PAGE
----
Low cost airline Wizz Air has based a second aircraft in Belgrade today and is to open four new routes, marking its first major expansion in the city following a public row with the airport in 2014. The jet arrived in the Serbian capital yesterday morning with flights to Friedrichshafen and Nuremberg launching today, while Hannover and Malta will follow over the weekend. The airline has scheduled a press conference in Belgrade at midday. All of its new routes will operate on a year-round basis, twice per week. Furthermore, it will boost frequencies on services to Dortmund, Eindhoven, Gothenburg, Memmingen and Stockholm Skavsta by adding an additional weekly flight. Wizz Air's CEO, Jozsef Varadi, said, “We are back in Belgrade after some turbulence. We are seeing significant demand for low cost flying in the country. We decided to deploy one more aircraft in Belgrade, our second Airbus A320 jet. It is a significant investment of around 100 million dollars. It will create 36 new jobs". He added, "This is the right stepping stone forward in this market which is unpenetrated. We are reacting to the increased level of demand".
Wizz Air's Belgrade expansion comes three years after it decided to significantly slash its operations from the city following a spat over fees. This resulted in the airline relocating one of the two aircraft it had stationed in Belgrade. At the time, the carrier said the city had become one of the most expensive in its network and accused "wannabe monopolists" Air Serbia and Etihad Airways of being behind the surge in fees. Commenting on the matter, Wizz Air's CEO said, “The airport charges are still high but the situation has changed. Over the last three years overall traffic has gone up 35%. Given the stronger than expected demand we decided that, despite the high airport charges, we would expand". The carrier noted that it would grow at a quicker pace if the fees were lower. "Should the charges come down we would do much more”, Mr Varadi added. This year, Wizz will offer 835.000 seats for sale to twenty destinations in seven countries from Belgrade and Niš.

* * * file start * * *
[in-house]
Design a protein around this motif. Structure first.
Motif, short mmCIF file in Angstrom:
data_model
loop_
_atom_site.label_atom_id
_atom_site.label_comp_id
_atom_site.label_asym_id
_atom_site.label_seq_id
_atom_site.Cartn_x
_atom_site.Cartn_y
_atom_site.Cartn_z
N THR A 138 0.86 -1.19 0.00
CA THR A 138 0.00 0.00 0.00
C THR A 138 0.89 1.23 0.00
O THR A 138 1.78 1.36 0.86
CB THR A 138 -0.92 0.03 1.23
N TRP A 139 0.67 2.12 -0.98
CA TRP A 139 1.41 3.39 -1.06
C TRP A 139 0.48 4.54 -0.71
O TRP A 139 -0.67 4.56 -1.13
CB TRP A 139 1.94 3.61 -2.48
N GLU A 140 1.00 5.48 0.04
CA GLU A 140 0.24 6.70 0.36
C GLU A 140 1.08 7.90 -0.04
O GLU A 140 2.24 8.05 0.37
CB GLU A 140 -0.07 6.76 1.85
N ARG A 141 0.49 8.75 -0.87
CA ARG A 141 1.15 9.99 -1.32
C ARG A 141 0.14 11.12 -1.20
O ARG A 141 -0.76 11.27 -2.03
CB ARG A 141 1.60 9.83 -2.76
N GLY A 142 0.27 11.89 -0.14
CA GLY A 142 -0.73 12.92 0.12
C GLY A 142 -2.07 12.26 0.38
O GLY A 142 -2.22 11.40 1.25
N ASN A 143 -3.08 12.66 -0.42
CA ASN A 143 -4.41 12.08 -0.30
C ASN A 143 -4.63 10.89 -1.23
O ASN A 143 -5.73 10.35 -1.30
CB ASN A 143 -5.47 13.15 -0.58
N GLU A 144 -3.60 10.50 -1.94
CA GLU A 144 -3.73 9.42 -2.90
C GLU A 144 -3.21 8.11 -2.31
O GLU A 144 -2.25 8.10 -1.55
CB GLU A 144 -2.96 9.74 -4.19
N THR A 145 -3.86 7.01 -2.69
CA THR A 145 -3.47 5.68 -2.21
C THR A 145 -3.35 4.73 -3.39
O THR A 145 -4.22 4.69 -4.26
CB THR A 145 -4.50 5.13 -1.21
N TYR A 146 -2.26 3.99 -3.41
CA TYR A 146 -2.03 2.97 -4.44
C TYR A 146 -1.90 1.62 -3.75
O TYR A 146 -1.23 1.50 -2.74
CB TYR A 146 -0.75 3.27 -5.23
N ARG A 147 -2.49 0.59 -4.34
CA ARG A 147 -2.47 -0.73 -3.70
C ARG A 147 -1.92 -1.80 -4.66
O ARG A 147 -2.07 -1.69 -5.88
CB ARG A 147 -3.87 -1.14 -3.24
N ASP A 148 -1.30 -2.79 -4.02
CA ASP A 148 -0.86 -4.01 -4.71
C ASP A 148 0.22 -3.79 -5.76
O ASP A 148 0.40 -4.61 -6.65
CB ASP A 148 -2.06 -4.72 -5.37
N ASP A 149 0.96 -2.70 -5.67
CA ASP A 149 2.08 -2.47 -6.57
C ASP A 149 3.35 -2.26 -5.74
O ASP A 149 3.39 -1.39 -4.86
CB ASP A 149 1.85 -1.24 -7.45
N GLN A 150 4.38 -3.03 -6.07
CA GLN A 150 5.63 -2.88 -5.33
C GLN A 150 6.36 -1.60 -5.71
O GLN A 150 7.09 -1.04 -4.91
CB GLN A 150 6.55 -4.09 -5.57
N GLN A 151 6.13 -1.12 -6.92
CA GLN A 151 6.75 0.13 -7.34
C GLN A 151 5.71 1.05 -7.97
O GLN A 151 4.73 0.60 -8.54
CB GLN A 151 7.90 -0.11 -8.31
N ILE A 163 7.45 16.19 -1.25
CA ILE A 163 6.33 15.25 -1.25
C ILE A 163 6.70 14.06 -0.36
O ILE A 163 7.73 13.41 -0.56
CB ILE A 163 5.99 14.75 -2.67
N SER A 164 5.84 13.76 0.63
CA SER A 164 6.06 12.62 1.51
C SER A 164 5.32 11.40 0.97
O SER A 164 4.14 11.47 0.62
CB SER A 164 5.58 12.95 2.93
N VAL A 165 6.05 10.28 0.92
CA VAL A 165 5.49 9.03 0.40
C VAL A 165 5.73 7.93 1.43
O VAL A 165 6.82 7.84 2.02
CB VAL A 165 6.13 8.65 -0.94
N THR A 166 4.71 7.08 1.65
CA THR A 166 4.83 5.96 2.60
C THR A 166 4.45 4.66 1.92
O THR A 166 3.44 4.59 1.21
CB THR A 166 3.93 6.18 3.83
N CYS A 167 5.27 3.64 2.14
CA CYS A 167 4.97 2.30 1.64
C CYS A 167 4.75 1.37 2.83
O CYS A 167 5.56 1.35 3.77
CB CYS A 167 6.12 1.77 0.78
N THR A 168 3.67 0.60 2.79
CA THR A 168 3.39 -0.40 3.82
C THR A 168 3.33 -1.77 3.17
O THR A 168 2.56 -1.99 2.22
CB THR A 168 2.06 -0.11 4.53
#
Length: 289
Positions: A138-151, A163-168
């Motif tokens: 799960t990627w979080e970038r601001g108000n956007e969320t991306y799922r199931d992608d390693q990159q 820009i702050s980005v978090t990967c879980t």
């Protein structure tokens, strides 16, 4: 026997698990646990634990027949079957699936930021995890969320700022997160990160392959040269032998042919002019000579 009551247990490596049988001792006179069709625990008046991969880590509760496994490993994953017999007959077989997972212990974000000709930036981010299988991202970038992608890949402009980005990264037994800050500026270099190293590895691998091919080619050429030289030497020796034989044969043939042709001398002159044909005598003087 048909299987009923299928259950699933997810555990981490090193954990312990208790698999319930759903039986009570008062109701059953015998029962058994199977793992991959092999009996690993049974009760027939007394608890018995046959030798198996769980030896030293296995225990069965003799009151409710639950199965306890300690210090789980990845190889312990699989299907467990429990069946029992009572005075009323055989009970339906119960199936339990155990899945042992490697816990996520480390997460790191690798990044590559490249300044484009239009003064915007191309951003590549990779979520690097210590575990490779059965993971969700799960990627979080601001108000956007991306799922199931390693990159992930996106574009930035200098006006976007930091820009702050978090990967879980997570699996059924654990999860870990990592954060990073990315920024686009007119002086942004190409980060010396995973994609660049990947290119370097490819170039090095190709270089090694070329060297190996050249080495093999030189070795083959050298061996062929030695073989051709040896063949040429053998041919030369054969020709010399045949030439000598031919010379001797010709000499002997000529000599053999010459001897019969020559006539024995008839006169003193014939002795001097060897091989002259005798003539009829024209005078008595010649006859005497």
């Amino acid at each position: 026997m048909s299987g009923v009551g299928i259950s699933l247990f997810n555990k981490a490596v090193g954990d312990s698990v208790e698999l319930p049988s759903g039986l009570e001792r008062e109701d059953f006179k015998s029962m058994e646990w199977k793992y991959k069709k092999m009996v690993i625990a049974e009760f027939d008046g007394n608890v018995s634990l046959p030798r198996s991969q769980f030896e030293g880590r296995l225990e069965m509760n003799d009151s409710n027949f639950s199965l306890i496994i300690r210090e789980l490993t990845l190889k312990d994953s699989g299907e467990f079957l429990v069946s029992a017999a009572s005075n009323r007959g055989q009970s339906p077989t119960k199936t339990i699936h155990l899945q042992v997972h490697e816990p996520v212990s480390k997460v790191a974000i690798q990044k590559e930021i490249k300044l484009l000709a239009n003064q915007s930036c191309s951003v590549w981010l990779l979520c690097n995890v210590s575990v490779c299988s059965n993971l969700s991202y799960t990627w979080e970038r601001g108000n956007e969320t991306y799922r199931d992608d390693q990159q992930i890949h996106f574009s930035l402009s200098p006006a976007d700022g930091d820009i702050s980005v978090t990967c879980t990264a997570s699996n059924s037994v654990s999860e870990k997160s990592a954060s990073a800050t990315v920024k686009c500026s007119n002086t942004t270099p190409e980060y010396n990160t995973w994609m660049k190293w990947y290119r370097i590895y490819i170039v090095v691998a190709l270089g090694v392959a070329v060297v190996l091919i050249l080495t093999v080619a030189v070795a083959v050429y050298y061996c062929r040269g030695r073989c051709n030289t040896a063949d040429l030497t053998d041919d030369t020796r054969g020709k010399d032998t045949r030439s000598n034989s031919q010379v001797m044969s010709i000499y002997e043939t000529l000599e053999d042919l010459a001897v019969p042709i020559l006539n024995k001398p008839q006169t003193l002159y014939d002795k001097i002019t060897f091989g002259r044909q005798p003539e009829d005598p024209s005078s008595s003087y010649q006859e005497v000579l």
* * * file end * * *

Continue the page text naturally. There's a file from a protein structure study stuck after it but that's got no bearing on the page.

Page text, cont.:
The low cost carrier has now covered a number of destinations, particularly in Germany, which have been seeking services to Belgrade due to high demand. Other European airports which are also attempting to establish links with Serbia include Bordeaux in southern France, Brescia and Verona in northern Italy, as well as London Gatwick Airport. Furthermore, Madrid Airport has noted that 18.300 passengers travelled between the Spanish and Serbian capitals in 2015 (indirectly), while there were over 64.300 Internet searches for tickets between the two. In addition, Barcelona Airport, which has a seasonal link to Belgrade operated by Vueling, is seeking year-round flights to the city. In 2015, 14.719 passengers travelled with Vueling between the two cities, while a further 19.570 travellers flew indirectly between Belgrade and Barcelona. A total of 104.936 online ticket searches were made.
Wizz Air faces direct competition only on one of its four new routes from Belgrade, that being Malta. The budget airline will compete against Air Serbia, although the Serbian carrier maintains the service only on a seasonal summer basis, whereas Wizz will operate it throughout the year. Wizz Air has expanded its operation across the former Yugoslavia this year. In March it based a second aircraft in Tuzla and launched new destinations from the city, while it also commenced services from Budapest to Sarajevo, Pristina, Podgorica and Skopje. Furthermore, the airline will launch flights to Osijek today, while a new seasonal service from Katowice to Split will start in June. Later that month, the no frills airline will commence operations from London to Pristina, which will be followed by the stationing of its fourth aircraft in Skopje in July and the launch of three new routes as a result.